Pre-K Teacher Certification and Certificate Program Information
Get information on several types of training programs that can prepare graduates for certification as pre-kindergarten teachers. Read on to learn about required courses and career options.
Pre-K, or pre-kindergarten, teachers usually work with children ages 3-5. Most states have a number of options for pre-K teacher certification. These may include completing a stated number of hours in a college child development or education program (sometimes an associate or bachelor's degree), a Child Development Associate (CDA) certification or a diploma as a child development technician. A Montessori Teacher Certification can also qualify graduates to work as pre-K teachers.
The CDA certification is required in many states. Teachers must meet experience requirements and have completed child care training in areas including safety, child development and program management. Montessori certification programs are accepted in some states. These programs take a year to complete and offer training in topics such as language development, use of the child's senses and cultural studies. Students also are instructed in the Montessori method of education.
In a certificate program, students get comprehensive training in all aspects of pre-K teaching. Courses cover topics such as nutrition, creativity, family relationships and assessments. Students may also take courses in curriculum planning and running a childcare center.
Child Development Associate (CDA)
The national certification for pre-K teachers is the Child Development Associate (CDA). Available through the Council for Professional Recognition, the CDA is included by all states but one as part of their regulations for licensing childcare facilities. Experience and training are both included in eligibility requirements.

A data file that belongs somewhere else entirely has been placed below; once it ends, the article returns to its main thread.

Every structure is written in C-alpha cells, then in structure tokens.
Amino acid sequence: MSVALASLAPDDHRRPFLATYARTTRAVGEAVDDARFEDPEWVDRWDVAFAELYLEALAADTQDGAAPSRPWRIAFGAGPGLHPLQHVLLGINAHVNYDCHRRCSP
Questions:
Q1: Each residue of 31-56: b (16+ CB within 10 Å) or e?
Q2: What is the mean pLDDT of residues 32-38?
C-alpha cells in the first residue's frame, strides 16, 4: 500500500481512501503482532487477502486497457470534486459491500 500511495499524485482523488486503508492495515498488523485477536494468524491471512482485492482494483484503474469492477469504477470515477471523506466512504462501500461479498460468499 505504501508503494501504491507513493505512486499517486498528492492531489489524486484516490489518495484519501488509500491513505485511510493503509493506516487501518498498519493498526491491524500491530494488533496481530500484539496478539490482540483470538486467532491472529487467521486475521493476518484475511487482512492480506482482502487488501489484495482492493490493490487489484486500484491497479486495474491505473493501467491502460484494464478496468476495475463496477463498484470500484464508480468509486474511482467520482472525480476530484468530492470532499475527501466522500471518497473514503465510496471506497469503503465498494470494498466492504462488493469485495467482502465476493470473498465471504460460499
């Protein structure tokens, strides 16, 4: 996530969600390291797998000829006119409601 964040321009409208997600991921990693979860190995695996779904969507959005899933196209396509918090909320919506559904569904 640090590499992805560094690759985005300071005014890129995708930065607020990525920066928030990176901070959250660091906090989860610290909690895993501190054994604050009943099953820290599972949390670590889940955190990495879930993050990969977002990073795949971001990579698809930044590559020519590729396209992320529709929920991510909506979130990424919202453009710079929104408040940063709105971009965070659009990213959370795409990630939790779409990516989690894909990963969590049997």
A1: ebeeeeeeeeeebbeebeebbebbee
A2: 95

To apply for the CDA, teachers must have a high school diploma or GED. Within the five years preceding the application, they must have worked with children for 480 hours. During that time they must also have had 120 clock hours of approved courses in child care education.
The courses required must be in eight areas, a minimum of ten clock hours in each. These areas are:
- How to plan a learning environment that is safe and healthy
- How to promote a child's intellectual and physical development
- Supporting a child's emotional and social development
- Ways to build helpful relationships with families
- Ways to manage the operation of an effective program
- Practicing professionalism
- Watching and recording behaviors of children
- Principles of how children learn and develop
Continuing Education and Renewing Certification
In addition to passing the required courses, initial certification requires documentation of the applicant's competence, and observation of the teacher in the classroom setting. Following the observation, the applicant is interviewed. The initial certification is good for three years, renewals for five years. In addition to a current First Aid Certification, renewal requirements include 45 clock hours of training (4.5 continuing education units).
Montessori Teacher Certification